China Power Shortages Are Growing and Serious

Thursday, August 7, 2008 5:11

A couple of weeks ago, I read an article that reported more than 10 provinces were rationing power supplies and I took notice.  I wasn’t alarmed at the time because when I looked at the provinces, they were primarily the outlying provinces, and they were not coastal at the time.

But, that has changed.

Obviously closely link to the coal issues, and the heat, this is also a problem of the speed by which new demand from the consumer and industrial sectors have grown over this last period of 3-5 years.

Most concerning at this point for me is that Hubei is now coal ratios, and even Wuhan is having to cut their energy by 30%. This is in addition to Shandong has now been asked to ration energy consumption to ensure the Olympics have enough juice, Anhui is 1GW short of their 15GW need, Shanghai’s A/C bills are beyond the power grids capability

According to one article, the shortage is 14 GW for July alone, and as of July 15:

There are 198 power plants with stockpiles to last less than seven days and 69 plants with enough coal for less than three days, and 53 plants that were forced to shut down because of the lack of coal

As we have seen, the coal issue has only grown worse, and China is left with few solutions to cover the short term issues.

One of the more interesting article I found though was How Coal Shortages in China Will Spark More Foreign Takeovers of U.S. Assets, where the author hypothesizes:

The top eight U.S. coal producers, which are worth more than $50 billion, are possible takeover targets for a country desperate for resources. And compared with China, American coal companies are bargains.

One of the most compeling facts found in this article, that shows just how fast this problem has worsened was higlighted in another article:

Coal demand in China jumped nearly 9% last year – meaning the Eastern power now accounts for a full quarter of the world’s annual coal consumption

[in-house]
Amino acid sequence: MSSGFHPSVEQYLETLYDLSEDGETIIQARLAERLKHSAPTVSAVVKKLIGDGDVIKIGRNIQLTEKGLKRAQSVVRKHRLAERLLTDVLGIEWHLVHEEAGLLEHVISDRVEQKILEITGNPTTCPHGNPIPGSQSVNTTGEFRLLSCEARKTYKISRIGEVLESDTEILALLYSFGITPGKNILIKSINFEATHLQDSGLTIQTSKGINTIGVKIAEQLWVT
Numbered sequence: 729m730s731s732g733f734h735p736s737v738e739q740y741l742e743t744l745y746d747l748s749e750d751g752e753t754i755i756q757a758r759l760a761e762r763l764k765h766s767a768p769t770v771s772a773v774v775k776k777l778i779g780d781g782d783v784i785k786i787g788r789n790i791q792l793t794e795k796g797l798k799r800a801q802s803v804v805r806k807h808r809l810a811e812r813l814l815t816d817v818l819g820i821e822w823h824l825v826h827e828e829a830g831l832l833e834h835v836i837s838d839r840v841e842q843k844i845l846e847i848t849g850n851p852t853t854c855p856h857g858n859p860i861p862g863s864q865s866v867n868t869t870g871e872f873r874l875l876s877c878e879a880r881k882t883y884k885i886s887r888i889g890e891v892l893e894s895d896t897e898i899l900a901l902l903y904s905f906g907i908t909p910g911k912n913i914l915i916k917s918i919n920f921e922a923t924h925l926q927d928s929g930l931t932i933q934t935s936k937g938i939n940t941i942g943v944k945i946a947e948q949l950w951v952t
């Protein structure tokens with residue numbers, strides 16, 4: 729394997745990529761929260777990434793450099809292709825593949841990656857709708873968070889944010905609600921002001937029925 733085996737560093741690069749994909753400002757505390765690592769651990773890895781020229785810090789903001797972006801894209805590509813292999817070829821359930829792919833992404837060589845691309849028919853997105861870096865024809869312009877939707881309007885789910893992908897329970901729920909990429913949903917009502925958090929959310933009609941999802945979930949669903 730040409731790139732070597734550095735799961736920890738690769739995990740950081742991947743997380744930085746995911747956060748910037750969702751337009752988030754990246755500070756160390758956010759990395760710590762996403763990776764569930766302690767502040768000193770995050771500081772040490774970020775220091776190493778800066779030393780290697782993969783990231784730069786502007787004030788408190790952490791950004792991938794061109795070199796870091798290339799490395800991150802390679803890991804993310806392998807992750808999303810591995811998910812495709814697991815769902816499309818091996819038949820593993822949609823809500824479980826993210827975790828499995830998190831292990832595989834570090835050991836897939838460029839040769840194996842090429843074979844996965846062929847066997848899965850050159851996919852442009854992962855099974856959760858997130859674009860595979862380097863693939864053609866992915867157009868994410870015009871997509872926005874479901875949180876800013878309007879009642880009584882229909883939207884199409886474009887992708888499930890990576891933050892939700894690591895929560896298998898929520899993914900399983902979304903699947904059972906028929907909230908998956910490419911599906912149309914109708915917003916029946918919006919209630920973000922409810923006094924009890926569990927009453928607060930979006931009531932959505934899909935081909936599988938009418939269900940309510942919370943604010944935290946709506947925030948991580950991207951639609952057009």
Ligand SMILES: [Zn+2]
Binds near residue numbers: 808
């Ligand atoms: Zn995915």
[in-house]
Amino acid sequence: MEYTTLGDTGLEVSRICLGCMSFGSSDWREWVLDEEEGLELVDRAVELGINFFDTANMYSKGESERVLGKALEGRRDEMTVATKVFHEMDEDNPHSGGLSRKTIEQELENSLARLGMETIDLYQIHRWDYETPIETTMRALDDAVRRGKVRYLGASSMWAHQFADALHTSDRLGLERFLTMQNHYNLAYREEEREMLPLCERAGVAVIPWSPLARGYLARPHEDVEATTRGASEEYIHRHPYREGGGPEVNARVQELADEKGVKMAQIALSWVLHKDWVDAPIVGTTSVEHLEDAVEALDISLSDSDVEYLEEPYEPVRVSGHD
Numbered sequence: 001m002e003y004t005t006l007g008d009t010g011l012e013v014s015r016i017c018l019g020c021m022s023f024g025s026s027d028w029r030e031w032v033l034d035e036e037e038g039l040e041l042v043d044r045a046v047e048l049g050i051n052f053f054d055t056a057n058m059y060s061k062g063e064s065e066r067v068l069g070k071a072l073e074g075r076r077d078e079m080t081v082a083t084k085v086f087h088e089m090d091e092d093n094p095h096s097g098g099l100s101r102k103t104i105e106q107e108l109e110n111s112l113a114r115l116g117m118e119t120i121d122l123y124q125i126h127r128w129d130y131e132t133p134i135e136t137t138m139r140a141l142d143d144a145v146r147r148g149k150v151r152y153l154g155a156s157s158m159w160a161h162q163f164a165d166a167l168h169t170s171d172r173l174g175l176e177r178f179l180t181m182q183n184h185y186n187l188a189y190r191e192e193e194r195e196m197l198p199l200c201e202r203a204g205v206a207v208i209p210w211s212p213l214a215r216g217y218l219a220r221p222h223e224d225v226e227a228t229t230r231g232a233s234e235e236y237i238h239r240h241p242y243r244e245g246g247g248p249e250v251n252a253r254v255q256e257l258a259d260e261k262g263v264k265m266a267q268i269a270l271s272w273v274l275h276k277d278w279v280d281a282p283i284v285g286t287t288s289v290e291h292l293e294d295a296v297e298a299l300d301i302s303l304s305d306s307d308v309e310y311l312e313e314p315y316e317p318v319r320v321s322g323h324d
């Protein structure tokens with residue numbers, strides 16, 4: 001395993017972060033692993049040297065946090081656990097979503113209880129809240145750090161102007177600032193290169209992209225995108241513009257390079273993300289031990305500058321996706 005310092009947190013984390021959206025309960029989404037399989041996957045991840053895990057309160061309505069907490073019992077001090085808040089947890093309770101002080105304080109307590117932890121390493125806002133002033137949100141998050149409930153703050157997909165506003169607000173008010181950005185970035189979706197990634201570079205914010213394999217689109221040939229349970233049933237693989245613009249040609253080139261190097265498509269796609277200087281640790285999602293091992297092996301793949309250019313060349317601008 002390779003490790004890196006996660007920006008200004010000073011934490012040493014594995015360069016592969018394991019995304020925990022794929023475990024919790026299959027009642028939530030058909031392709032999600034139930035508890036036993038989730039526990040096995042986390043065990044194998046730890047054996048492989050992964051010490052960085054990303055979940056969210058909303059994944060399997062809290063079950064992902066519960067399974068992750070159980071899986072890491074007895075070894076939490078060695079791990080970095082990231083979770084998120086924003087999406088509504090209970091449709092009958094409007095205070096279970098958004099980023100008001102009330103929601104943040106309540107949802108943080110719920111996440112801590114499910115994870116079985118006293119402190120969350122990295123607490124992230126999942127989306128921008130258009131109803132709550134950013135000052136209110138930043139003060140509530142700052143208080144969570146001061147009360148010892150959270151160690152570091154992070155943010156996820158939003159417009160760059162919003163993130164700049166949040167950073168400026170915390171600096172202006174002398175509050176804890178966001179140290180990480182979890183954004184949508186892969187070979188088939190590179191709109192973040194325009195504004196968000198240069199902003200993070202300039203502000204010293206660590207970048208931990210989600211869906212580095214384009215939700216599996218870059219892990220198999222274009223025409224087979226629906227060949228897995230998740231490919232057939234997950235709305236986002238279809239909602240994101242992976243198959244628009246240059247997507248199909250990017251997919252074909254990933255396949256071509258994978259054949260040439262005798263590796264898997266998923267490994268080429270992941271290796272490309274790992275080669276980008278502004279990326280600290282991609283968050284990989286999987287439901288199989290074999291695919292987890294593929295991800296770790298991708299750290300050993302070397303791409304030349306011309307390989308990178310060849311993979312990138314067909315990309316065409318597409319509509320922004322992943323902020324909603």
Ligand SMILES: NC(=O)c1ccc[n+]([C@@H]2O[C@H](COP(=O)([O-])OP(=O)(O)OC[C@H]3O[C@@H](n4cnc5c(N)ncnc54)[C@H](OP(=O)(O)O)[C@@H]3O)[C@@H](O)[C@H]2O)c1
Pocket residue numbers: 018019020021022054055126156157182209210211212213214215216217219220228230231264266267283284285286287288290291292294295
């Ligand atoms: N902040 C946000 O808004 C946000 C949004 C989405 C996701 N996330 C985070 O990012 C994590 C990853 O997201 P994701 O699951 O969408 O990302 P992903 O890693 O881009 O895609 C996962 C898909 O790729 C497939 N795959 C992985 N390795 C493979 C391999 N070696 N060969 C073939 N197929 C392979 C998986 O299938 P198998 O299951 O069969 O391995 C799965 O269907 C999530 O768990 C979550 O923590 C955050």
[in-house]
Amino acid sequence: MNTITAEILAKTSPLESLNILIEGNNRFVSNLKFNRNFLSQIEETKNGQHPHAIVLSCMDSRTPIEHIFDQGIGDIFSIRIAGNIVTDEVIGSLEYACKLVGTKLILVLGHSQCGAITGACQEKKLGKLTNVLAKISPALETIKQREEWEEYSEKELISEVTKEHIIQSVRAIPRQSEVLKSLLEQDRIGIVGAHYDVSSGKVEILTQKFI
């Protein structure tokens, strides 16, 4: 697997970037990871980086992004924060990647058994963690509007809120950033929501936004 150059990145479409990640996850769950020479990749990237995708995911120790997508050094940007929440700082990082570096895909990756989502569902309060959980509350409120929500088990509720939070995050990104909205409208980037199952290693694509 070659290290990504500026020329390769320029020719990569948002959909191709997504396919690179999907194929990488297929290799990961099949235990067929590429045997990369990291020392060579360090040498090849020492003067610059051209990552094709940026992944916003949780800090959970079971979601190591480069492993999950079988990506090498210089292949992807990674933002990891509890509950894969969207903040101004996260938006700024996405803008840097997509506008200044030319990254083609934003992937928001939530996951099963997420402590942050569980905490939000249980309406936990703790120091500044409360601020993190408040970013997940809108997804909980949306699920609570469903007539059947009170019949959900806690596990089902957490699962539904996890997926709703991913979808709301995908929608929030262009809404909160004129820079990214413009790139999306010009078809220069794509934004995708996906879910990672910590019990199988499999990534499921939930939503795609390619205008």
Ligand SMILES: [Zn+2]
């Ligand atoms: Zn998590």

With this in mind, what are the short term changes that need to happen?  Long term?

What impact would an increase in energy prices have, and what amount is needed?

Would M&A relieve the pressure, or is China going to hit the wall?

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3 Responses to “China Power Shortages Are Growing and Serious”

  1. Bill says:

    August 7th, 2008 at 10:05 am

    I think the demand on power will be reduced as fuel price for transportation and wage growth will change the competitiveness of China’s manufacturing, and reduce demand on power. This will, of course, reduce the demand on wages, and, later, improve the competitiveness again. All these will take time, like years, to show.

  2. wk says:

    August 7th, 2008 at 6:55 pm

    The current power short in china is the result of skyrocketying coal price and Beijing’s control over electricity price to fight the inflation in China. Some power plants shut down to avoid losses,

  3. Ekonomix says:

    August 14th, 2008 at 11:31 am

    Does this have anything to do with the recent increase in oil prices? They used to use diesel power generators in the past; now the price of diesel is nearly doubled, I guess they try to use more coal.